Sherry Capers, Tounda Taylor, and Kim Davenport (collectively "Respondents") filed three separate actions in the United States District Court against Hampton County and Sheriff Loadholt. They alleged Loadholt had committed acts of sexual misconduct while they were employees of Hampton County. Capers and Taylor worked as dispatchers and jailers for Hampton County. Davenport was a secretary at the Sheriff's Department and the jail. Respondents alleged that, in each of the instances, Loadholt summoned them to his office on the pretext of discussing jail or sheriff's department business. Once in his office, Loadholt would lock the door and then ask them questions regarding their sexual histories and sexually molest or assault them. Capers and Davenport resigned their positions after the alleged incidents. Taylor was terminated by Loadholt.

In their complaints, each of the Respondents described multiple incidents and alleged causes of action for (1) sexual harassment, (2) violations of constitutional rights (specifically, a violation of the Equal Protection Clause of the Fourteenth Amendment), (3) intentional infliction of emotional distress, (4) assault, (5) battery, (6) false imprisonment, and (7) invasion of privacy. Taylor also alleged a cause of action for retaliatory discharge. She asserted Loadholt fired her in retaliation for filing a complaint with the South Carolina Human Affairs Commission and for signing warrants charging Loadholt with criminal sexual conduct and assault and battery of a high and aggravated nature.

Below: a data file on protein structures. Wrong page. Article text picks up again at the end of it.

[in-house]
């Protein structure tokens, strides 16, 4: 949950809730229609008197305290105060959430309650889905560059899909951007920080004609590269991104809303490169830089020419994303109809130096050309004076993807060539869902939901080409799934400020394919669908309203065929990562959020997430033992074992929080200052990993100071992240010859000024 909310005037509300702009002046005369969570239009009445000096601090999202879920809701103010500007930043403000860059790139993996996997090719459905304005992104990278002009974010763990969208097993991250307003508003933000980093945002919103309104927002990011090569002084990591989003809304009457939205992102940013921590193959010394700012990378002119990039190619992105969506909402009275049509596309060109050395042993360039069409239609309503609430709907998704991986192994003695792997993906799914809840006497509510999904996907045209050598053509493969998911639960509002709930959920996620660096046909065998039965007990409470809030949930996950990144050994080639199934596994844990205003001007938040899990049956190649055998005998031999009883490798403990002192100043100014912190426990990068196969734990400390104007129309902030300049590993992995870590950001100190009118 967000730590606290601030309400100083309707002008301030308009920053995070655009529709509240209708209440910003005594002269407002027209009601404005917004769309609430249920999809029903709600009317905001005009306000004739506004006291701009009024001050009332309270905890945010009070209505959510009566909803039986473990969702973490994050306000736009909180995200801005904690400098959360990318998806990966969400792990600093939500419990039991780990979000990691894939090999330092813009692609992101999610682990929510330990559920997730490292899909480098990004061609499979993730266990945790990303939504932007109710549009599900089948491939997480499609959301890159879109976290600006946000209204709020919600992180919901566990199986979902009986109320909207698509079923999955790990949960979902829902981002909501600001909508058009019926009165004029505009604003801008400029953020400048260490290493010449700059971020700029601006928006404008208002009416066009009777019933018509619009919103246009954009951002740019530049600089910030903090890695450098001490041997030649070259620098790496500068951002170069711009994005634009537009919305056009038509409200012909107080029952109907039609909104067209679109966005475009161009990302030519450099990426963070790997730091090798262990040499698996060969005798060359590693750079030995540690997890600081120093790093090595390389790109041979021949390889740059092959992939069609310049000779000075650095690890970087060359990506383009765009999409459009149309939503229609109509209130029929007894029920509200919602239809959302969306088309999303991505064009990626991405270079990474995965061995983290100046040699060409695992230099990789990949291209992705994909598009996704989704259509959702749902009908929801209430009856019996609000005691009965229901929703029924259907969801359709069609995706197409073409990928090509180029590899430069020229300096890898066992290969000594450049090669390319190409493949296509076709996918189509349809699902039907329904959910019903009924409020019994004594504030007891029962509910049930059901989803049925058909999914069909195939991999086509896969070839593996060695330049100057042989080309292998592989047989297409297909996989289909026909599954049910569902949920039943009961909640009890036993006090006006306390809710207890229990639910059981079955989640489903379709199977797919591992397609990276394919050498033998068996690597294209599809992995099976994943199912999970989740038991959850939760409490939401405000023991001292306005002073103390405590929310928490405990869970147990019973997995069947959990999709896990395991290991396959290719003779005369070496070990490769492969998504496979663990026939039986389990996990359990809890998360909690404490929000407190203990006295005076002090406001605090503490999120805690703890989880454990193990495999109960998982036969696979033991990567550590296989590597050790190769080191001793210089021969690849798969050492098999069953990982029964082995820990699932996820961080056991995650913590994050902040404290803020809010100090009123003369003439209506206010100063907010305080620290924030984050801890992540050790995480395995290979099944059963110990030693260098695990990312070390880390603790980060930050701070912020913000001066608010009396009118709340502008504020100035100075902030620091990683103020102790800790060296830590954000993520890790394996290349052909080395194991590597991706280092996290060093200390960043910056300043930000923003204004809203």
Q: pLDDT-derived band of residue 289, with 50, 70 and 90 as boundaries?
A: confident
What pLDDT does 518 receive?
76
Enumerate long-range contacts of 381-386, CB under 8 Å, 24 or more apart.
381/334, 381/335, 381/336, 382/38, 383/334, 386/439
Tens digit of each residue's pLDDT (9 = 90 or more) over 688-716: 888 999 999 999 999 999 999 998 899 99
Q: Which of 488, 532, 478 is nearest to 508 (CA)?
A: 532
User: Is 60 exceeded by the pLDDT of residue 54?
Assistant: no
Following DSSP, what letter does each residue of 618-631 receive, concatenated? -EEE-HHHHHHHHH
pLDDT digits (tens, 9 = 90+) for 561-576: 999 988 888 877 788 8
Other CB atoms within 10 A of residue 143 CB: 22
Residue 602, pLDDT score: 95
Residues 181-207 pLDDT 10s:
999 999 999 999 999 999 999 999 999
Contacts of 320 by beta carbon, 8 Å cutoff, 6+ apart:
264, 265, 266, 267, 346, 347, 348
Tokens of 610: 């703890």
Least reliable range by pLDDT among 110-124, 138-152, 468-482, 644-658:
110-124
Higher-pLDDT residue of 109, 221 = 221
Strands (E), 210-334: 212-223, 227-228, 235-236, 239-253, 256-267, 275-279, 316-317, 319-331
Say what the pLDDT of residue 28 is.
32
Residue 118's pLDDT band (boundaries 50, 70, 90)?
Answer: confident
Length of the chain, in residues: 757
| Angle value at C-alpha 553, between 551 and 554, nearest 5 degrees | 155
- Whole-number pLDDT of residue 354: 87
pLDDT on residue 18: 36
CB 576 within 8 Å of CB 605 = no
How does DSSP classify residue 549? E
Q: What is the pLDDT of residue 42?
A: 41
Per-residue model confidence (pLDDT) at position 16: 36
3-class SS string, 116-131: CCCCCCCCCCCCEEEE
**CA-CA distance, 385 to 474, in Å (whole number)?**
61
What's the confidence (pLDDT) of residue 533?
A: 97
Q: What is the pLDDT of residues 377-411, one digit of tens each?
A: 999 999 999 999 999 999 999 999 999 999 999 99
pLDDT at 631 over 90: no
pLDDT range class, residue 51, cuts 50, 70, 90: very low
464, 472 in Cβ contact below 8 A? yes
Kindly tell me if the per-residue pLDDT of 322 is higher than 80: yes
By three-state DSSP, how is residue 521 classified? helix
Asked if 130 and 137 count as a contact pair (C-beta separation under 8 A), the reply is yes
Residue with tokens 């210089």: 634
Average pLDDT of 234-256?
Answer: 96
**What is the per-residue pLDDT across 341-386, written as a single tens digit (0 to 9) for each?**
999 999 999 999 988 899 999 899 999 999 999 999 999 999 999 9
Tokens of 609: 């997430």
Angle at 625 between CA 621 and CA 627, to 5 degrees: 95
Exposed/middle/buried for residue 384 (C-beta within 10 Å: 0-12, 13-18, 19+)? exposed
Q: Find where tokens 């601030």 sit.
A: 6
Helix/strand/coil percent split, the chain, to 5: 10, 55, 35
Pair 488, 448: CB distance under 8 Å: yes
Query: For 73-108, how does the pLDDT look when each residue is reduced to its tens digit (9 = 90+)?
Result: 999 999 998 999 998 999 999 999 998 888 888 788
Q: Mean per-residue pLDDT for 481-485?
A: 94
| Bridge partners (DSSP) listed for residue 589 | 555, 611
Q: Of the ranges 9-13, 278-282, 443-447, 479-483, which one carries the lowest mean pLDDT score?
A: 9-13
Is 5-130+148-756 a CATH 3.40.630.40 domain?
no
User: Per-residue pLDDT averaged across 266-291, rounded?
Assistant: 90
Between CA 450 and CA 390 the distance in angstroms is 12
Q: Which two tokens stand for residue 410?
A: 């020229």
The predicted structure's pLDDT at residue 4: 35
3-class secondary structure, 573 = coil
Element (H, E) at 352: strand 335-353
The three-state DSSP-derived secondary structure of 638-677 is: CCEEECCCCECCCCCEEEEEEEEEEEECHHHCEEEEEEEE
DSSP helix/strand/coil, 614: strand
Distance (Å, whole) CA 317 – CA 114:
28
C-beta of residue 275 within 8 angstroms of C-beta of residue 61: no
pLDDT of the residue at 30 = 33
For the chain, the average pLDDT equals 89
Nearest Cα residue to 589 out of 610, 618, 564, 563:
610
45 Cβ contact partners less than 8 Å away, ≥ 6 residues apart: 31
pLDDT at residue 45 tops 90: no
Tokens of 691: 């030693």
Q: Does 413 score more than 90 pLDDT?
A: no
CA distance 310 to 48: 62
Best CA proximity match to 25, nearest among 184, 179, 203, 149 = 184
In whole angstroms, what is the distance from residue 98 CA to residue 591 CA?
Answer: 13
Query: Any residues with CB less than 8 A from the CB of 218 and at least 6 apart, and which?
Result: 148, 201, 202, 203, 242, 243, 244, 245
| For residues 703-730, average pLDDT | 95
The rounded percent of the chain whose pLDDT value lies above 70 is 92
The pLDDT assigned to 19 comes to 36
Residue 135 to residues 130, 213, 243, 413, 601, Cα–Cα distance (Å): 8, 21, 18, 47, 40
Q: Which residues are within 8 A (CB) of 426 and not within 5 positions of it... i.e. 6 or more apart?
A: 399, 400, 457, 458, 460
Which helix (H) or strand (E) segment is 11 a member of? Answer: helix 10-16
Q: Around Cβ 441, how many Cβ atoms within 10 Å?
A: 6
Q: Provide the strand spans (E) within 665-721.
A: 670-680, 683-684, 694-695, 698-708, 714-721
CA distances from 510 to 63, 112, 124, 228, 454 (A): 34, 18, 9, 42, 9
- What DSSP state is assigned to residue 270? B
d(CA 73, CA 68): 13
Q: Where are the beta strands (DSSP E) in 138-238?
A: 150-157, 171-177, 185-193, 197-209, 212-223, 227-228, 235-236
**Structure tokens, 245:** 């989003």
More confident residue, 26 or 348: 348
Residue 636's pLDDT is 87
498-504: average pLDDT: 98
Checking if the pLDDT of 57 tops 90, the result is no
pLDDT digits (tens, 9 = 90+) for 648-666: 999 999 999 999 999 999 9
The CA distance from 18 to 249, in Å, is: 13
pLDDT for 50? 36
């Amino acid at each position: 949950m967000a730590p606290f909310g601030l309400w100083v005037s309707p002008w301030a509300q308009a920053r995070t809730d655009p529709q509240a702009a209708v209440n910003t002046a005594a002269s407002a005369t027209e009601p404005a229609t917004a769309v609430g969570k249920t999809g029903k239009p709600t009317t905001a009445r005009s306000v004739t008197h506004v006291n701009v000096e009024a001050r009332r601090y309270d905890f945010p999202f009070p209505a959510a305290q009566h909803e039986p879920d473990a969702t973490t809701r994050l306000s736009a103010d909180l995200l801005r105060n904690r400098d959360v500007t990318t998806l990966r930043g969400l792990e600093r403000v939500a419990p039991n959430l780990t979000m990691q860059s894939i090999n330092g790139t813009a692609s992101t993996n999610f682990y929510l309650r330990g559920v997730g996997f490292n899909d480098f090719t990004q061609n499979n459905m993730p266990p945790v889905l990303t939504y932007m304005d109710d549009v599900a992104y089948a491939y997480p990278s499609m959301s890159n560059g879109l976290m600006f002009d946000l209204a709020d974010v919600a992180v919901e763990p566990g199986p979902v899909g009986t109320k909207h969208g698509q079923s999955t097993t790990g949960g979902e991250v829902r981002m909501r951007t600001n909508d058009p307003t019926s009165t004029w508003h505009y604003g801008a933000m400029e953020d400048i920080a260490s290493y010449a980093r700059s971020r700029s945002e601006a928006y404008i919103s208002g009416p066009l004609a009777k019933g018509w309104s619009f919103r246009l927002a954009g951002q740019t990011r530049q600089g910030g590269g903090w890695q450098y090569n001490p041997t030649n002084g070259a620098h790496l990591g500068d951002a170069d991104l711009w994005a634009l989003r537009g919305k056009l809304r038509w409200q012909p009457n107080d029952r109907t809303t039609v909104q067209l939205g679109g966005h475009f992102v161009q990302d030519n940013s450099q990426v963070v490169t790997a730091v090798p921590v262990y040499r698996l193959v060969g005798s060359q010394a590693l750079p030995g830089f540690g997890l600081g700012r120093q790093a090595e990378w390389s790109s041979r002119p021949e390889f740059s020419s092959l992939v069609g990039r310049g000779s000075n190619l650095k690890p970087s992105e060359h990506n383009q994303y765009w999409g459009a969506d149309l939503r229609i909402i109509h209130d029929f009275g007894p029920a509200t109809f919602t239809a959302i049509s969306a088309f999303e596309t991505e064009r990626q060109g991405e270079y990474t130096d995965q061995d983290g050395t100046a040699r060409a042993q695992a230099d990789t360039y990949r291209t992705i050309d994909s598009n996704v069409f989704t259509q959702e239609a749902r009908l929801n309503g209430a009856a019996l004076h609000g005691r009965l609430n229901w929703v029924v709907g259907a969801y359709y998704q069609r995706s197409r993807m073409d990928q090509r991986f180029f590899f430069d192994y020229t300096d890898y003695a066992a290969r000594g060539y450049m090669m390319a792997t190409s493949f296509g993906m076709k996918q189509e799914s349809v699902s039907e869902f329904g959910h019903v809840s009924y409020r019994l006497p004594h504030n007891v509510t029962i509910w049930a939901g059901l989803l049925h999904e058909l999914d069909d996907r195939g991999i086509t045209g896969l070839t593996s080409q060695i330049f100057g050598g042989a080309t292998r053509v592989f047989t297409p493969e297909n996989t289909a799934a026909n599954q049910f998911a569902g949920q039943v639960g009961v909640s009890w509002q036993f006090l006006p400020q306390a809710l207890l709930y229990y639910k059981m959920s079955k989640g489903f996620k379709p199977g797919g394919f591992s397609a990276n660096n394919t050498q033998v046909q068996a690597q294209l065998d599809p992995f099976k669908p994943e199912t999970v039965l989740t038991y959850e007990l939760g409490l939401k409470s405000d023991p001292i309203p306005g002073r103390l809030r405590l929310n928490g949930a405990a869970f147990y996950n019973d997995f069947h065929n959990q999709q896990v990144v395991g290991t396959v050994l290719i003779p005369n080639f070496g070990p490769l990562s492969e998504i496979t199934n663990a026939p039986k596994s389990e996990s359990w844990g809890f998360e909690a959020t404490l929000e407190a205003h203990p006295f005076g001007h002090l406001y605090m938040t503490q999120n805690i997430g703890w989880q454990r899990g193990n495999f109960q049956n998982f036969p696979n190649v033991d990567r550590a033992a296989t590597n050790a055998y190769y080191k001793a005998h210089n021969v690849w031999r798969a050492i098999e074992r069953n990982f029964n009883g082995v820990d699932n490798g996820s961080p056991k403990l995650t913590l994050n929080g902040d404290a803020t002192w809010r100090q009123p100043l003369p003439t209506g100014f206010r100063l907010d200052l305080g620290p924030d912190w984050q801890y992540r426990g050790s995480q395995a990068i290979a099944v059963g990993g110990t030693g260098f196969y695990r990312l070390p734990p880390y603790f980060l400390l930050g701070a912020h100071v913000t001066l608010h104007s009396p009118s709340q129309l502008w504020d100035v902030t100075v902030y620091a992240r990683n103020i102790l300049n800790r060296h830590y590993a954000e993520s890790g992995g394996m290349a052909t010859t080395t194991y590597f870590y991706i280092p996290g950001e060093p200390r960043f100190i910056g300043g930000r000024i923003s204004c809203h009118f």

Appellant, the Insurance Reserve Fund (the Fund), issued a general tort liability policy to the named insured, Hampton County. Loadholt, as the Sheriff of Hampton County, was included under the policy as a member of law enforcement.